Review: The Reaver: The Sundering, Book IV by Richard Lee Byers

book reviews, suvudu

The Forgotten Realms continues its epic The Sundering event with the fourth book in the series, The Reaver by Richard Lee Byers. The Reaver is a crazy mash-up of characters that shouldn’t all work in a cohesive way in single novel. How do you mix gods, pirates, the undead, wizards, vampires, elves, a little boy and more into a story? It is almost as if some decided to combine The Golden Child, Pirates of the Caribbean and Lord of the Rings into a single tale. Moreover what author would have the gumption to try?

Richard Lee Byers delivers a story that weaves these imagination capturing archetypes into a story that feels like a natural extension of the world of The Sundering that we have been introduced to so far.

Publisher’s Summary:

In the 4th book of the multi-author Sundering series launched by New York Times best-selling author R.A. Salvatore, Richard Lee Byers introduces Anton Marivaldi—a renowned reaver with an insatiable thirst for bounty and a moral compass that always leads him toward the evil he’s never tried.

Endless, pounding rain afflict the Sea of Fallen Stars and the coastal regions surrounding it. Harvests are failing, travel and trade are disrupted, and civilized forces are giving way to the deluges caused by the storms. In panic and despair, many have turned to the goddess Umberlee, Queen of the Deeps, offering her sacrifices with hope that they will be spared the inevitable reckoning of her perpetual tempest.

Evendur Highcastle, undead pirate captain, risen from the depths to assume the mantle of Umberlee’s Chosen, takes advantage of the people’s desperation to strike for both spiritual and temporal power in her name.

Vying with Highcastle for the hearts and minds of the people is Stedd Whitehorn, a little boy and the chosen of a god thought lost to time: Lathander, the Morninglord. In a time of such upheaval, Stedd’s message of renewal and hope runs in stark contrast to the savage ethos of Highcastle and his waveservants.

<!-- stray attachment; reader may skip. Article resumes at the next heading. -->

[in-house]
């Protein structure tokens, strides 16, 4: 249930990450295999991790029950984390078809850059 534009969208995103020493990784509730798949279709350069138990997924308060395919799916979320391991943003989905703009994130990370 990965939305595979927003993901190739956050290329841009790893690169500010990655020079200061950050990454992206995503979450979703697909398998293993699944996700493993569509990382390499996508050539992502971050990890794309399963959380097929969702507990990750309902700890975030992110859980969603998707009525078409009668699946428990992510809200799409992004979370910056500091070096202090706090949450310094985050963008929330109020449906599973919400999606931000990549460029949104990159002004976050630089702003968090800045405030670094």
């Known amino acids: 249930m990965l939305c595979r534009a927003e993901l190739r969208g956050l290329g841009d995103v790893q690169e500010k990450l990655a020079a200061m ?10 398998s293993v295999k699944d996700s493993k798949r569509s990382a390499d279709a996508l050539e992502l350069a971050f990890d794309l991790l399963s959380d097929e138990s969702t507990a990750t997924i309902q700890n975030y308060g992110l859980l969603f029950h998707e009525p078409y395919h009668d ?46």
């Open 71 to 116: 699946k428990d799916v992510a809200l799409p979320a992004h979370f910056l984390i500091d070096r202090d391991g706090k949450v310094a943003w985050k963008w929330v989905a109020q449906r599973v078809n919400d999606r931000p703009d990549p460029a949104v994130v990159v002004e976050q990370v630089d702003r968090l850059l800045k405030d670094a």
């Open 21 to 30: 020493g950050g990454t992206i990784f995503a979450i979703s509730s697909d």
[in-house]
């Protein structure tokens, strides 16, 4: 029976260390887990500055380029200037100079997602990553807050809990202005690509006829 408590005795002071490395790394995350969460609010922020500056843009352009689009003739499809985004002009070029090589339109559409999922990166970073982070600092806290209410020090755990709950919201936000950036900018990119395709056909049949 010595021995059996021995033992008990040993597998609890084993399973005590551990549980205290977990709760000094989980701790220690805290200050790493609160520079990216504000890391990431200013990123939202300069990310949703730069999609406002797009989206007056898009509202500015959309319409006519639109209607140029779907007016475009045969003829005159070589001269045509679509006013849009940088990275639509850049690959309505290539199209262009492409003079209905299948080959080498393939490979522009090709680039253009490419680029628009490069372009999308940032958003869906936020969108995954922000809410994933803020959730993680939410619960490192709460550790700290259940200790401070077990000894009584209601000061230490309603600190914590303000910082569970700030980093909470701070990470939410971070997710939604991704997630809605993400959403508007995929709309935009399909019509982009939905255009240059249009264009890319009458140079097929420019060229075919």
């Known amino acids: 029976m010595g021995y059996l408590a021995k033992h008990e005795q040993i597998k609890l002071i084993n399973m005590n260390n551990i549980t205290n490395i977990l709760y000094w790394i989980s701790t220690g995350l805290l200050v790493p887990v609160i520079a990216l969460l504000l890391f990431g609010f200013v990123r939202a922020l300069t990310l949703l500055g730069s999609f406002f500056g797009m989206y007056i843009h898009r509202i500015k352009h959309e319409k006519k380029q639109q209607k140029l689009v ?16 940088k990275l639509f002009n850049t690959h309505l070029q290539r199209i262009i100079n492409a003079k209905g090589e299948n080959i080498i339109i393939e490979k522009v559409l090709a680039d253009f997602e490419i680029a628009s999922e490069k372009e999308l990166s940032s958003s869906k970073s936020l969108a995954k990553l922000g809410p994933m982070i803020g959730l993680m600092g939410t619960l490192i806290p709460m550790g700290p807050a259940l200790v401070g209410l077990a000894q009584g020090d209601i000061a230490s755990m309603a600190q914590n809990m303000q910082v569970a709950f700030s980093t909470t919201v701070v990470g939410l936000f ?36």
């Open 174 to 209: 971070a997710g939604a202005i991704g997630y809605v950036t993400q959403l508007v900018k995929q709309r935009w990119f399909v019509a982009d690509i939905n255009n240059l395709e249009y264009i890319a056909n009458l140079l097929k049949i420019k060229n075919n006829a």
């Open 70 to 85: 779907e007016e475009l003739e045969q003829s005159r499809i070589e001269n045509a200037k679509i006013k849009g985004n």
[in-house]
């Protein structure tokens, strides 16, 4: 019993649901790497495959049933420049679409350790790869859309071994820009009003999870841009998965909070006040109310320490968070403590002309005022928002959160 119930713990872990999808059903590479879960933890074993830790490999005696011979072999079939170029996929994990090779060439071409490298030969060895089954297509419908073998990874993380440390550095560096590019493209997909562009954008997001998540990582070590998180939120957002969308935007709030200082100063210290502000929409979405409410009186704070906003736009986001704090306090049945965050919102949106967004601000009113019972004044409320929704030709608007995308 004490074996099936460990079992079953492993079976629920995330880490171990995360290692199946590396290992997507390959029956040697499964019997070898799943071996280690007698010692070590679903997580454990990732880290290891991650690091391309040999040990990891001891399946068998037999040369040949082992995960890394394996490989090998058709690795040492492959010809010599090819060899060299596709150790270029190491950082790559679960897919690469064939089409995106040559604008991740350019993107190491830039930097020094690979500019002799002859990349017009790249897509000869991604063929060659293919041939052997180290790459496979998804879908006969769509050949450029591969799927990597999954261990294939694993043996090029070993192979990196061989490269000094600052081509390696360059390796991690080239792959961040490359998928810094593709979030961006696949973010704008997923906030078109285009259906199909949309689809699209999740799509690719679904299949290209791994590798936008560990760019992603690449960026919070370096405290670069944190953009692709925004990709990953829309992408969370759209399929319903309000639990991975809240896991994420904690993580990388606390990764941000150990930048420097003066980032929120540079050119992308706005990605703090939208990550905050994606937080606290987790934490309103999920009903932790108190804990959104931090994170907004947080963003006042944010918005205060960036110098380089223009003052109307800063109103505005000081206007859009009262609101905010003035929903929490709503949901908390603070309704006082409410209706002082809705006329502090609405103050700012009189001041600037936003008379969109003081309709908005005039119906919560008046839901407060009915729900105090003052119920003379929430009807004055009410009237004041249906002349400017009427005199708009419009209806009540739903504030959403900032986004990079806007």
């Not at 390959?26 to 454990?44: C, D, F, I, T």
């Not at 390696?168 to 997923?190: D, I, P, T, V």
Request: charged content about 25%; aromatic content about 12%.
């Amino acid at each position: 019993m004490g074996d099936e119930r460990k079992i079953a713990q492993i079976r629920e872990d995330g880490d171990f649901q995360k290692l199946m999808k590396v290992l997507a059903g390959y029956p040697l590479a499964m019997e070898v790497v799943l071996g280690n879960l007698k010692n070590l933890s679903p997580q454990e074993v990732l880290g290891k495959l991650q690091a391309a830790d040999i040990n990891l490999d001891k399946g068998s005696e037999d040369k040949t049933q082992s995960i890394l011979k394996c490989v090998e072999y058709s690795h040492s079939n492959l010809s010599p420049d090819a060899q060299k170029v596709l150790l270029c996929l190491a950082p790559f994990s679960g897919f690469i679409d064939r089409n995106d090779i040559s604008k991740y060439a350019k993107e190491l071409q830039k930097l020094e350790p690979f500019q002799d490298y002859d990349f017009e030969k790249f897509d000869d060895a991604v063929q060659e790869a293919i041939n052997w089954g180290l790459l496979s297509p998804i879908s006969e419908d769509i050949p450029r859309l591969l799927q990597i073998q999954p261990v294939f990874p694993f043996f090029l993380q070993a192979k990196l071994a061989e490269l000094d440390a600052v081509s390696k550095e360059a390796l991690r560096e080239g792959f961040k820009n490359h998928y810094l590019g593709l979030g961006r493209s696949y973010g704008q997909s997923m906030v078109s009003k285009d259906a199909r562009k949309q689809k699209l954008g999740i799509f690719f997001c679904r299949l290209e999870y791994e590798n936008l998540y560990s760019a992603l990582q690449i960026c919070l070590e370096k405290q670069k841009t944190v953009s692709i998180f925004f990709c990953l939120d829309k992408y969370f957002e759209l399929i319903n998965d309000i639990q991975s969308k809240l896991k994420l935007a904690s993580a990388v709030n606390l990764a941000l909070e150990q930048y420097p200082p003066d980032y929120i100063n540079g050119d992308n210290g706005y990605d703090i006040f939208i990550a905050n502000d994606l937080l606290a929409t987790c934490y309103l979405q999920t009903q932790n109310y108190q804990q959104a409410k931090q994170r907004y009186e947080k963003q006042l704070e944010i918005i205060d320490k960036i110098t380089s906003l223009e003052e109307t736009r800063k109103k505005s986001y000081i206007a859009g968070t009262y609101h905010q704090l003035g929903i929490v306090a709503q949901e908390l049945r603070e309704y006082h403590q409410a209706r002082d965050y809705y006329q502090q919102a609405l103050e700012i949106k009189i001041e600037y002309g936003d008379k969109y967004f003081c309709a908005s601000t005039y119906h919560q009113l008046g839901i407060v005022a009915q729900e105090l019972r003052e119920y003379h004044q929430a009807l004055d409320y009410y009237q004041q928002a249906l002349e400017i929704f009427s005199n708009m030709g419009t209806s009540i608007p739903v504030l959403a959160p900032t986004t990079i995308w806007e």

When Anton captures the boy in order to collect Highcastle’s considerable bounty, the reaver is quickly caught in the riptide caused by the sundering of worlds.

One of my favorite stories growing up was Robert Louis Stevenson’s Treasure Island. It was one of the first stories that really captured my imagination as a child and as a result pirate stories will always hold a special place in my literary heart. I was pleasantly surprised to see that the protagonist of Byer’s novel was Turmish pirate Anton Marivaldi.

Through a series of events Anton is thrown together with the Red Witch Umara and the chosen of the Morning Lord Lathander, a young boy named Stedd Whitehorn. Stedd is driven by visions and intuition from the Morning Lord to travel east to Anton’s homeland. As a Reaver, Anton begins the book as being one of many attempting to capture Stedd and sell him to the highest bidder, the undead pirate captain Evendur Highcastle who is the chosen of the goddess Umberlee, Queen of the Deeps.

In the novel Anton and Umara begin the story very much in the darkness, but through the course of the story and their continued interaction with the genuinely and purely good Stedd, they are drawn inexorably out of the shadows and into the light. The beauty of the stories that I have read is the combination of these heroic bands of characters that come from diverse races and backgrounds. I really loved the interplay between the three main characters, while the story focuses on Anton, Umara also receives well developed characterization, particularly early in the novel with her distaste for her superior.

Byers balances the character growth in the novel with multiple action scenes both on the high seas and on land in a way that captures the imagination with their colorfulness and scope. There are so many wild things happening in The Reaver that it could collapse from all the dispirate elements that Byers throws together but the pacing is crisp and the action scenes are well spaced out.

The Reaver delivers a satisfying conclusion to incredibly fun tale, it is easy to see a scenario where these characters could come together again, but the story feels so complete and self contained that I was completely satisfied with the experience and while this book is part of The Sundering series it is the perfect stand-alone book that does not require any previous knowledge by the reader. If you haven’t explored the Forgotten Realms yet and are ready for some fun, The Reaver is a great place to jump in.

Interview with Richard Lee Byers:

The Reaver is available in hardcover, trade paperback, eBook and audio-book editions and is on sale now.

Editor’s Note: An electronic review copy of the book was provided for this review.